April 20, 2014

Join Optimizations in MySQL 5.6 and MariaDB 5.5

This is the third blog post in the series of blog posts leading up to the talk comparing the optimizer enhancements in MySQL 5.6 and MariaDB 5.5. This blog post is targeted at the join related optimizations introduced in the optimizer. These optimizations are available in both MySQL 5.6 and MariaDB 5.5, and MariaDB 5.5 […]

Side load may massively impact your MySQL Performance

When we’re looking at benchmarks we typically run some stable workload and we run it in isolation – nothing else is happening on the system. This is not however how things happen in real world when we have significant variance in the load and many things can be happening concurrently. It is very typical to […]

Multiple purge threads in Percona Server 5.1.56 and MySQL 5.6.2

Part of the InnoDB duties, being an MVCC-implementing storage engine, is to get rid of–purge–the old versions of the records as they become obsolete.  In MySQL 5.1 this is done by the master InnoDB thread.  Since then, InnoDB has been moving towards the parallelized purge: in MySQL 5.5 there is an option to have a […]

Table locks in SHOW INNODB STATUS

Quite frequently I see people confused what table locks reported by SHOW INNODB STATUS really mean. Check this out for example:

This output gives us an impression Innodb has taken table lock on test/t1 table and many people tend to think Innodb in fact in some circumstances would abandon its row level locking and […]

Two Types of MySQL Users

In comments to my previous post I got number number of comments saying if MySQL would not have multiple storage engine interface it would not allow people to do various very cool stuff. And I agree with this. The question is how cool you want your database operation to be ? Visiting customers I see […]

The Doom of Multiple Storage Engines

One of the big “Selling Points” of MySQL is support for Multiple Storage engines, and from the glance view it is indeed great to provide users with same top level SQL interface allowing them to store their data many different way. As nice as it sounds the in theory this benefit comes at very significant […]

Announcing Percona XtraDB Storage Engine: a Drop-in Replacement for Standard InnoDB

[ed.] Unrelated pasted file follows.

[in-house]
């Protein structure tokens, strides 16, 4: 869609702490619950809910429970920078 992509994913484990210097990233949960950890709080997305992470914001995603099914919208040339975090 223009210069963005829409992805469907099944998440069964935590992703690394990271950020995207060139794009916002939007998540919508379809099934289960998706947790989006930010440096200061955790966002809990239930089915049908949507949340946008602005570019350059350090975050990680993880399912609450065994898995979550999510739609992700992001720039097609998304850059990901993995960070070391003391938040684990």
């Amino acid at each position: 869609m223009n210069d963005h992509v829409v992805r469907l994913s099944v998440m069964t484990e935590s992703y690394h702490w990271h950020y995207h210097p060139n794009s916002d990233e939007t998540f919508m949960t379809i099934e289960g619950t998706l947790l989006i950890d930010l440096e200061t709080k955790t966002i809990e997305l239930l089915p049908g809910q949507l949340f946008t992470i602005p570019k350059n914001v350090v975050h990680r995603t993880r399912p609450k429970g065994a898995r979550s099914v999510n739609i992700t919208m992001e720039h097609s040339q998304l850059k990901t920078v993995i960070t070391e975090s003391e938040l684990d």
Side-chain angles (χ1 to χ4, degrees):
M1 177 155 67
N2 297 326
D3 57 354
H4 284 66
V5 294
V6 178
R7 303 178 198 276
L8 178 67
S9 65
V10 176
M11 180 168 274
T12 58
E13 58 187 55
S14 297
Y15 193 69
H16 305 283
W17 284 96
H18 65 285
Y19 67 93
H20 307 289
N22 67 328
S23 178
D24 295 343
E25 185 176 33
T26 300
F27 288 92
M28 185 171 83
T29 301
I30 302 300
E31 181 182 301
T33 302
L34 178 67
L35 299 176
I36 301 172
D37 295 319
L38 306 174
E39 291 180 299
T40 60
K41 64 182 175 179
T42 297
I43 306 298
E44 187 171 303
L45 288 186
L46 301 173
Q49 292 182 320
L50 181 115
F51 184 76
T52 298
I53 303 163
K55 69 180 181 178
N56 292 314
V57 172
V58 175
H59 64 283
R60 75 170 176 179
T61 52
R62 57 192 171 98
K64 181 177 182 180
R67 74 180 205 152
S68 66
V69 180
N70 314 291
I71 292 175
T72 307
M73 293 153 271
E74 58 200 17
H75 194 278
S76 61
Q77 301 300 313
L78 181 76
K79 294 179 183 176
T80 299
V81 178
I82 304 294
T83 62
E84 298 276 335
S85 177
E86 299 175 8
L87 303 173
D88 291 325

Today we officially announce our new storage engine, “Percona XtraDB“, which is based on the InnoDB storage engine. It’s 100% backwards-compatible with standard InnoDB, so you can use it as a drop-in replacement in your current environment. It is designed to scale better on modern hardware, and includes a variety of other features useful in […]

Recovering Innodb table Corruption

Assume you’re running MySQL with Innodb tables and you’ve got crappy hardware, driver bug, kernel bug, unlucky power failure or some rare MySQL bug and some pages in Innodb tablespace got corrupted. In such cases Innodb will typically print something like this: InnoDB: Database page corruption on disk or a failed InnoDB: file read of […]

How would you compress your MySQL Backup

Backing up MySQL Database most people compress them – which can make a good sense in terms of backup and recovery speed as well as space needed or be a serious bottleneck depending on circumstances and approach used. First I should mention this question mainly arises for medium and large size databases – for databases […]

Should you name indexes while doing ALTER TABLE ?

MySQL Server does not require you to specify name of the index if you’re running ALTER TABLE statement – it is optional. Though what might be good practical reasons to specify the key name or omit ? Things what you should be looking at is how MySQL names indexes automatically as well as what maintaining […]